Learning to Swim by Graham Swift, 1982
LEARNING TO SWIM
by Graham Swift, 1982
Graham Swift has written that "the story is a process by which the familiar can be made suddenly strange; or more powerfully, it is a naked, uncompromising encounter with strangeness itself." His collection of stories, Learning to Swim, consistently demonstrates his own ability to deliver on this statement. Almost all of the stories are versions of the family romance—protective inventions attempting to cope with tensions and rifts within families, whether parents and children or husbands and wives. The ties that bind people, the positive and negative effects they have on one another, the happiness, embarrassment, and pain they cause their friends, their partners, and their children—these are Swift's main subjects. Yet there is no cozy domesticity or bourgeois interiority in his fiction. These are "stories of interruption—points of estrangement and severance, of sudden shifts in the zones of experience … brief tangential encounters with other worlds which are authentic because their strangeness is authentic." Nowhere is this better illustrated than in the title story of the collection.
"Learning to Swim" has a tripartite structure that echoes without narrowly demarcating the fact that there are only three characters: Mr. Singleton, Mrs. Singleton, and their son Paul. The first part of the story describes the unhappy marital history of the couple, first from her point of view and then from his. This merges into the second segment, which narrates their current situation, on holiday yet simmeringly discontented and using their son as a pawn in an unstated battle of wits. The final short section culminates in Paul's confusion and anxiety during his swimming lesson and in his suggestively enigmatic choice, both about swimming and about the future course of his life. Despite the focus on inner thought rather than outward action, the story is told in the third person by a seemingly omniscient narrator. The style is the usual Swiftian technique of precise, spare prose strung along in an analytical, almost scientific cleverness of nuance and tone and occasionally illuminated by a dazzling metaphor or acutely succinct observation.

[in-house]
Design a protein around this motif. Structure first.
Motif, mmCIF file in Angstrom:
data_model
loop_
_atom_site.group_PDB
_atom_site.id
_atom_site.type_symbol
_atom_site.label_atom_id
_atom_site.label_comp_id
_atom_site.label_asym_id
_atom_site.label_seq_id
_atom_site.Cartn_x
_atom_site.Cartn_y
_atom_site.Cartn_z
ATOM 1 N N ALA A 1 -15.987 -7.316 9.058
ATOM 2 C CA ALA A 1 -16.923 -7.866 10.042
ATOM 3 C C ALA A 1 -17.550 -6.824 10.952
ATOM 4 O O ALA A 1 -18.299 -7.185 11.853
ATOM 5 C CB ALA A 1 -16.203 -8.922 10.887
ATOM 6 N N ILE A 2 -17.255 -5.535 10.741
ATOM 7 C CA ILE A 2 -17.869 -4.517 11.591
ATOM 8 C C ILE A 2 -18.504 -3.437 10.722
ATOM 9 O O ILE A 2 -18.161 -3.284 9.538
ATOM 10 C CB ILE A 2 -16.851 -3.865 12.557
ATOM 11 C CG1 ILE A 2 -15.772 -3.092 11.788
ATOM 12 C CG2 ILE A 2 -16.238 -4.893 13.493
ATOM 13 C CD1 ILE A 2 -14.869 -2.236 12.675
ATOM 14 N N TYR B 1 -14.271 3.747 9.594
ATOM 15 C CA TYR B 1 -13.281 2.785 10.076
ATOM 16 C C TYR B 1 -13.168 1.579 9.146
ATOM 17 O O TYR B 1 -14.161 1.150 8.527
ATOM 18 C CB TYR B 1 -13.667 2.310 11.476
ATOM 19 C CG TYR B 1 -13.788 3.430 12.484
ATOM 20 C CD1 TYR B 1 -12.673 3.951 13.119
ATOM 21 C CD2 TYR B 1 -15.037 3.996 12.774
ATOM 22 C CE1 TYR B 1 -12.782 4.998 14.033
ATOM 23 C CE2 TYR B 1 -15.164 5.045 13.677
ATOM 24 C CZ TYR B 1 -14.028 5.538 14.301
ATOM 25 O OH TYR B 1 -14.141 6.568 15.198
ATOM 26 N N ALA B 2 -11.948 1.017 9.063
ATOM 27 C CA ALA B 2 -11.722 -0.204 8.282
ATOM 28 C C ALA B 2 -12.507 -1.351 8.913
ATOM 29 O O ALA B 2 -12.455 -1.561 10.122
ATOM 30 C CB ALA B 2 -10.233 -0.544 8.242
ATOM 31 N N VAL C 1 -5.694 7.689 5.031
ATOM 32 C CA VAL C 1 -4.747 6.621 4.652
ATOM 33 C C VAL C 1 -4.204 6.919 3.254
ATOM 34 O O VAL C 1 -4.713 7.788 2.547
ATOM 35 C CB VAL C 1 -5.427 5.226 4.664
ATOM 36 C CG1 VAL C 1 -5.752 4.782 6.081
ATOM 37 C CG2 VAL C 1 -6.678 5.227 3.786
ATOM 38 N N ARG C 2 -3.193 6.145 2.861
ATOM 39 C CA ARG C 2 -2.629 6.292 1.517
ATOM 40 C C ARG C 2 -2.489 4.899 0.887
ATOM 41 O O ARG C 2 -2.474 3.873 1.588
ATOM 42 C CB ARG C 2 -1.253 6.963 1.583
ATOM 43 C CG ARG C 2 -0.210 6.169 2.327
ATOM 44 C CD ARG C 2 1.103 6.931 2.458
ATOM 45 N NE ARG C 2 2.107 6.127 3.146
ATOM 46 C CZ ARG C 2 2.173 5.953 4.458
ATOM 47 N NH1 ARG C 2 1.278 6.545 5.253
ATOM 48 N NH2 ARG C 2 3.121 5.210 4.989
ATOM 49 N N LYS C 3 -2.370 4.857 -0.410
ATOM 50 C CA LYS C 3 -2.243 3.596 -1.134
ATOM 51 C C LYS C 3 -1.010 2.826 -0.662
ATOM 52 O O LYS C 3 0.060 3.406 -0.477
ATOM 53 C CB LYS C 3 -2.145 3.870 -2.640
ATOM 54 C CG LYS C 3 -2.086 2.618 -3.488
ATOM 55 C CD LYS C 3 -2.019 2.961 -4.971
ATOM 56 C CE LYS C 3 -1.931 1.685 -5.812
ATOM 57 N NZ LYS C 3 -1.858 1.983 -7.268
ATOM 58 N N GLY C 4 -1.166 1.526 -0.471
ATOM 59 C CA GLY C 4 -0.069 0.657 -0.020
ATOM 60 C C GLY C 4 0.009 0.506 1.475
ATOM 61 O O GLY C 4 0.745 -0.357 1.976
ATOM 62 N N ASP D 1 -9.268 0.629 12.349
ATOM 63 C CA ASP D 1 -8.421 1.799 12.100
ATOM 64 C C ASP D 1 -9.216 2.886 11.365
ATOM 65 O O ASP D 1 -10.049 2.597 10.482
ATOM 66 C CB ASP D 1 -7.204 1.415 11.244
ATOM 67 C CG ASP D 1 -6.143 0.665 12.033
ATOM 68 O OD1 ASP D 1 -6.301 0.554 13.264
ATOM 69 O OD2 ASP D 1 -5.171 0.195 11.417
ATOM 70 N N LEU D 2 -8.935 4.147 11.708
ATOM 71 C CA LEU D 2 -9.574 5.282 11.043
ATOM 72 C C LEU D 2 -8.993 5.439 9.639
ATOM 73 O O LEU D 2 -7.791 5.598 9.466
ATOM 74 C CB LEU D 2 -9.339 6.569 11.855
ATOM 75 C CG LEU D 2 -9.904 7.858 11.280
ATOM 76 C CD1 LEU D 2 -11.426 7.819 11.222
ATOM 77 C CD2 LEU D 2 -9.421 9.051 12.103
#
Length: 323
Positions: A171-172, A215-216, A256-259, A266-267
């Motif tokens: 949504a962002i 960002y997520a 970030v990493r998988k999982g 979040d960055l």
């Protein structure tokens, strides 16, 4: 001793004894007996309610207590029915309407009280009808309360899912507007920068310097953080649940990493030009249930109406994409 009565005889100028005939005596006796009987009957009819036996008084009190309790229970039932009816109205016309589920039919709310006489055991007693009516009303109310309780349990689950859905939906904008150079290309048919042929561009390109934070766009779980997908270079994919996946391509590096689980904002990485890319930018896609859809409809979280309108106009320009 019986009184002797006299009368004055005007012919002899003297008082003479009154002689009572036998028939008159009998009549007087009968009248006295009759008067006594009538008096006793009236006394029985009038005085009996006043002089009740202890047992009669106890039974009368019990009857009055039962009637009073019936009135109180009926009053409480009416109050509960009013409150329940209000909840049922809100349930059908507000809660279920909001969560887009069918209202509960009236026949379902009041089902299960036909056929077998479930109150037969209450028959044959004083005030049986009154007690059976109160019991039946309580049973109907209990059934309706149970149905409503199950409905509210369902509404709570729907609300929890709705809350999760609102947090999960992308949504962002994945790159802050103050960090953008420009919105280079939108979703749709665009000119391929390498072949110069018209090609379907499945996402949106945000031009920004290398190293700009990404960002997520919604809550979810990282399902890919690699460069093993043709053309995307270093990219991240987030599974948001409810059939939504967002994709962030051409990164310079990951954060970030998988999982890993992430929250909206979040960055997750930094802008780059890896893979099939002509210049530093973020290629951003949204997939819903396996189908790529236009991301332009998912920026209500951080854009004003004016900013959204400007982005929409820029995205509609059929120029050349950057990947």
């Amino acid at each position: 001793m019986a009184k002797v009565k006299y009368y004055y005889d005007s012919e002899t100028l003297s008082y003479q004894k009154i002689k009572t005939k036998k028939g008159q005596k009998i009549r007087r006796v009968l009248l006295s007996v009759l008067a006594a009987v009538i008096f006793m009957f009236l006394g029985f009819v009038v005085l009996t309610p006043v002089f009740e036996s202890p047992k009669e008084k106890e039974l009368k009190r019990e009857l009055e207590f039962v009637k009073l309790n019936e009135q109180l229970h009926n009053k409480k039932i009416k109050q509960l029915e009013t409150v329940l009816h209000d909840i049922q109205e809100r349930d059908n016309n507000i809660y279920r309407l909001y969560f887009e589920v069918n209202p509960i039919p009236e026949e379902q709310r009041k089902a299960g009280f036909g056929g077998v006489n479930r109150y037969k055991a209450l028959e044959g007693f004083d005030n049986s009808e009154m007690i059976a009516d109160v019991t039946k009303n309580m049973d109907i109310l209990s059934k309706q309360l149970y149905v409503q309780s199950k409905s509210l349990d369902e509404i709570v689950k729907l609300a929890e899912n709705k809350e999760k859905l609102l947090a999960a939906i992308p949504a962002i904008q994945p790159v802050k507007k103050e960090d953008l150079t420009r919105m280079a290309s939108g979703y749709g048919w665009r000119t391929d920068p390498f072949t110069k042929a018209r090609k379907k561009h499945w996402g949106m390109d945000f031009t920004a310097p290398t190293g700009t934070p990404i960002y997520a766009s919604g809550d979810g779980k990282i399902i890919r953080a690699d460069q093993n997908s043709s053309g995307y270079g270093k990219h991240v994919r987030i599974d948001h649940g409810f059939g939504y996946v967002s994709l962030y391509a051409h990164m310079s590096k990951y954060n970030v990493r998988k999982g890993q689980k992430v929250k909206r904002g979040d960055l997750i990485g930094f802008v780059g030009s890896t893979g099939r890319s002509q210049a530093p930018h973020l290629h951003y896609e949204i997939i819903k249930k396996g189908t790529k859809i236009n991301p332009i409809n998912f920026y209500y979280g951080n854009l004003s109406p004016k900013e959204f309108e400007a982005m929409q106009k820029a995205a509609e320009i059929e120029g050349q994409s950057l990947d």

The structure and tone of the story is mimetic of the attitudes and lives of the two central protagonists. The story is measured, unemotive, and reiterative, in fact, conventional and predictable to the point of being mundane. We never learn the first names of the husband and wife. They remain Mr. Singleton and Mrs. Singleton throughout, as distant from the reader as they are from each other. The opening sentence is repeated with variations at the beginning of successive paragraphs. Thus, "Mrs. Singleton had three times thought of leaving her husband" becomes "the second time was …" and then "the third time." Swift's story echoes their thought processes exactly, "Mr. Singleton had twice thought of leaving his wife" becomes "the second time was …" Even their opinions about one another's shortcomings are synchronic. "On the plane she'd thought: He hadn't enjoyed the holiday" finds its counterpart in "He thought: she knows nothing of this." The husband and wife are too conventional to surprise one another, too bored to be angry, and too apathetic to change. Akin to the fact that Lear was mad but Shakespeare was not, it is Swift's talent to take the reader right to the disconcerting core of two painfully boring and bored people with a style and panache that retains our undivided attention.